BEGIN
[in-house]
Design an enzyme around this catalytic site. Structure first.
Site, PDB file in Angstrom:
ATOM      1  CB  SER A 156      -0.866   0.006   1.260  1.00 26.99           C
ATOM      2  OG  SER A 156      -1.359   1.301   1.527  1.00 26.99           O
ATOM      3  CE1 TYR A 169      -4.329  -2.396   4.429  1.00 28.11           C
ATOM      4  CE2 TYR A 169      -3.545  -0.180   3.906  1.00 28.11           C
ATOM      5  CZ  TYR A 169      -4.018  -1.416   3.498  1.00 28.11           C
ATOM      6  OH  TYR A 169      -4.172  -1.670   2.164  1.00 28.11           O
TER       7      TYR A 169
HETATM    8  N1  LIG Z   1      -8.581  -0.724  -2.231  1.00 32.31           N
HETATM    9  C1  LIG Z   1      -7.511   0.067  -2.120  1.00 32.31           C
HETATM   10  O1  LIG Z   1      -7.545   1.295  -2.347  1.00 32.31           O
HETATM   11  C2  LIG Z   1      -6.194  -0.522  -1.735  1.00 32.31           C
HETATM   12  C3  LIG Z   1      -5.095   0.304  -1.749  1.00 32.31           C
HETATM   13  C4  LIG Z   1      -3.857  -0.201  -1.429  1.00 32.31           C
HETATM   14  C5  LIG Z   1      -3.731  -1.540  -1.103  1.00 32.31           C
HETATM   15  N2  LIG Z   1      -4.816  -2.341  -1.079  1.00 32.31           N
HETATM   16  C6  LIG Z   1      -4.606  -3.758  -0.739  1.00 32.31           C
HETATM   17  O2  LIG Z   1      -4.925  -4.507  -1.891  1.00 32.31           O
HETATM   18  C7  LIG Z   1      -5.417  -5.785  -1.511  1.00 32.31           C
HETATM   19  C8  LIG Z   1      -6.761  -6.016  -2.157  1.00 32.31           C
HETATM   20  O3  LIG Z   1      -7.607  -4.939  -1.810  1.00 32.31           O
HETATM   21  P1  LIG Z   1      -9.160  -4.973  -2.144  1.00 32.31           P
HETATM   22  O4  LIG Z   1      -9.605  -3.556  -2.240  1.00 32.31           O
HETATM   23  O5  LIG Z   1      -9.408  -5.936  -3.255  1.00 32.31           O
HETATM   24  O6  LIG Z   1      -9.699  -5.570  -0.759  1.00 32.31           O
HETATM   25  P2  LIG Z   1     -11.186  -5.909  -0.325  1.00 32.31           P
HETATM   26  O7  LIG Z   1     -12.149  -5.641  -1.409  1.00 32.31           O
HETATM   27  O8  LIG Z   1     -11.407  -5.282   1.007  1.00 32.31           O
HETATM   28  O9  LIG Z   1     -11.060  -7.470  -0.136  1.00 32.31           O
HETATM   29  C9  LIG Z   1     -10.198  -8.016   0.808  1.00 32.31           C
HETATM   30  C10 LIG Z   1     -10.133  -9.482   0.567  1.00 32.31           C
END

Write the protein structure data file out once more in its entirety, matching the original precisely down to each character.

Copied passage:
[in-house]
Design an enzyme around this catalytic site. Structure first.
Site, PDB file in Angstrom:
ATOM      1  CB  SER A 156      -0.866   0.006   1.260  1.00 26.99           C
ATOM      2  OG  SER A 156      -1.359   1.301   1.527  1.00 26.99           O
ATOM      3  CE1 TYR A 169      -4.329  -2.396   4.429  1.00 28.11           C
ATOM      4  CE2 TYR A 169      -3.545  -0.180   3.906  1.00 28.11           C
ATOM      5  CZ  TYR A 169      -4.018  -1.416   3.498  1.00 28.11           C
ATOM      6  OH  TYR A 169      -4.172  -1.670   2.164  1.00 28.11           O
TER       7      TYR A 169
HETATM    8  N1  LIG Z   1      -8.581  -0.724  -2.231  1.00 32.31           N
HETATM    9  C1  LIG Z   1      -7.511   0.067  -2.120  1.00 32.31           C
HETATM   10  O1  LIG Z   1      -7.545   1.295  -2.347  1.00 32.31           O
HETATM   11  C2  LIG Z   1      -6.194  -0.522  -1.735  1.00 32.31           C
HETATM   12  C3  LIG Z   1      -5.095   0.304  -1.749  1.00 32.31           C
HETATM   13  C4  LIG Z   1      -3.857  -0.201  -1.429  1.00 32.31           C
HETATM   14  C5  LIG Z   1      -3.731  -1.540  -1.103  1.00 32.31           C
HETATM   15  N2  LIG Z   1      -4.816  -2.341  -1.079  1.00 32.31           N
HETATM   16  C6  LIG Z   1      -4.606  -3.758  -0.739  1.00 32.31           C
HETATM   17  O2  LIG Z   1      -4.925  -4.507  -1.891  1.00 32.31           O
HETATM   18  C7  LIG Z   1      -5.417  -5.785  -1.511  1.00 32.31           C
HETATM   19  C8  LIG Z   1      -6.761  -6.016  -2.157  1.00 32.31           C
HETATM   20  O3  LIG Z   1      -7.607  -4.939  -1.810  1.00 32.31           O
HETATM   21  P1  LIG Z   1      -9.160  -4.973  -2.144  1.00 32.31           P
HETATM   22  O4  LIG Z   1      -9.605  -3.556  -2.240  1.00 32.31           O
HETATM   23  O5  LIG Z   1      -9.408  -5.936  -3.255  1.00 32.31           O
HETATM   24  O6  LIG Z   1      -9.699  -5.570  -0.759  1.00 32.31           O
HETATM   25  P2  LIG Z   1     -11.186  -5.909  -0.325  1.00 32.31           P
HETATM   26  O7  LIG Z   1     -12.149  -5.641  -1.409  1.00 32.31           O
HETATM   27  O8  LIG Z   1     -11.407  -5.282   1.007  1.00 32.31           O
HETATM   28  O9  LIG Z   1     -11.060  -7.470  -0.136  1.00 32.31           O
HETATM   29  C9  LIG Z   1     -10.198  -8.016   0.808  1.00 32.31           C
HETATM   30  C10 LIG Z   1     -10.133  -9.482   0.567  1.00 32.31           C